Astron. Astrophys. 319, 435-449 (1997)

## 5. Type dependence in the direct relation

The direct TF-relation is naturally expected also to show a type dependence. However, special care is needed in the analysis, because especially the zero-point shifts may be here deformed by the Malmquist bias. Our tool, as in our several previous studies, is the method of normalized distances. Details may be found in Bottinelli et al. (1995). Because we now know that there are zero-point differences, these must be incorporated in the formula for normalized distances as an additional factor . A few iterations are needed when one calculates from the unbiased "plateau" the regression lines for each type. The procedure is facilitated by our assumption that the slopes of the lines are identical. Note that this is not necessarily true, because intrinsic variations of at a constant logD or M may depend on type.

In order to derive the slope, we made several experiments with different normalized distance limits defining the plateau. It was found that the slope does not change when different reasonable plateau-limits are used. This is as expected from the simulations performed by Ekholm (1996). For the diameter relation, we finally adopted the slope a = 1.04, common for all types. Unfortunately, even with our large sample, the unbiased subsample defined by the plateau is reduced to a few hundreds of objects. Then, only types 3 to 7 still contain a sufficient number of points (see Table 1). Despite the large error bars, we observe again for this type range that the TF slope remains quite stable, and that the zero-points seem to shift progressively as expected from Sect. 3 (see Fig. 6 and top panel of Fig. 7). We emphasize that our models in Sect. 7 are based on the type effect revealed by the inverse relations where it is naturally expected and more easily detected.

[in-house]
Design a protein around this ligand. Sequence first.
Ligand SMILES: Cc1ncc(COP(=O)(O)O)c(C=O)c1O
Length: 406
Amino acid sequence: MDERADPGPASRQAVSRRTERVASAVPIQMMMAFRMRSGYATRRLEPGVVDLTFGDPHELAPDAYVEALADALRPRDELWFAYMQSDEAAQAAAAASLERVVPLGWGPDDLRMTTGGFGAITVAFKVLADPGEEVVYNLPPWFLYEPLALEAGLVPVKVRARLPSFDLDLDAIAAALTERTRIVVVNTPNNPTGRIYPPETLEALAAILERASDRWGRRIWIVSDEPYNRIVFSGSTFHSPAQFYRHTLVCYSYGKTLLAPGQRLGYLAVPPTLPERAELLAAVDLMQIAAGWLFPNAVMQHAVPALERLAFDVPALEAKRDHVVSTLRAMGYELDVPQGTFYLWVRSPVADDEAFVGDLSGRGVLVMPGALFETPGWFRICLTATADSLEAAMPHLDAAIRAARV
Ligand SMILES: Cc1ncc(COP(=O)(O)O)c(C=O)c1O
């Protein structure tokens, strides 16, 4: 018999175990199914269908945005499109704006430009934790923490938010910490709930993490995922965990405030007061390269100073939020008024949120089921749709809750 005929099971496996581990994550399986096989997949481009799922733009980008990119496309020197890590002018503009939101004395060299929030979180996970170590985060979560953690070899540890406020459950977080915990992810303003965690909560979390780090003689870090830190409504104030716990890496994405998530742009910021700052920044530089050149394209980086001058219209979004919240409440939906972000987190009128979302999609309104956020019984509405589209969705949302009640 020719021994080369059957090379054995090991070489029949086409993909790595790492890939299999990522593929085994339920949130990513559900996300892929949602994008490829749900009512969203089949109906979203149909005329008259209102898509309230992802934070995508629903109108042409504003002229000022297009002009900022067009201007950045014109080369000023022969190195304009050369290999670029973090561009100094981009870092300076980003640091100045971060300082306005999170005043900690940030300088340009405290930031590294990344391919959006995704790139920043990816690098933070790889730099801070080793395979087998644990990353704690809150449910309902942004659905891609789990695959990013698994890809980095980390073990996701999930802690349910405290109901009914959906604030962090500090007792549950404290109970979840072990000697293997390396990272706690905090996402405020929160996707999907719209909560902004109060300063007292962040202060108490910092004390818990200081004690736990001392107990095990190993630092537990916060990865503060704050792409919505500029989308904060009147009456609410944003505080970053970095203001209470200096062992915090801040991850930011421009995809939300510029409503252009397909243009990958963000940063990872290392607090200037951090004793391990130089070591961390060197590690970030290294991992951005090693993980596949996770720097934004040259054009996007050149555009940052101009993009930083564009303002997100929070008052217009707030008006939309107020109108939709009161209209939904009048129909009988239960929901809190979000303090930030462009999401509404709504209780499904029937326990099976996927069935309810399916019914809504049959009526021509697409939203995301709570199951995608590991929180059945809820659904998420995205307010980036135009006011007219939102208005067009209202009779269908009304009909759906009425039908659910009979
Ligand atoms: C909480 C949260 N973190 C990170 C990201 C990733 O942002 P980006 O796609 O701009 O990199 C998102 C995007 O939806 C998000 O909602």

Fig. 6. Direct Tully-Fisher relation in diameter obtained with datas from the unbiased plateau (). Visualisation of the different regression lines corresponding to the different morphological types (full line). The dashed line corresponds to a "forced" slope a=1.04 .
 Fig. 7. Same as Figs. 2 and 4, now for direct diameter relation. A fixed common slope a=1.04 was used in the bottom panel.

Bottom panels of Fig. 7 show the zero-points from the regressions giving the slopes in the top panel, and after fixing the slope to 1.04. The zero-points for the constant slope are given in Table 1. It should be noted that the zero-points in Table 1 are not calibrated in the usual sense, but correspond to the adopted kinematical distance scale.

© European Southern Observatory (ESO) 1997

Online publication: July 3, 1998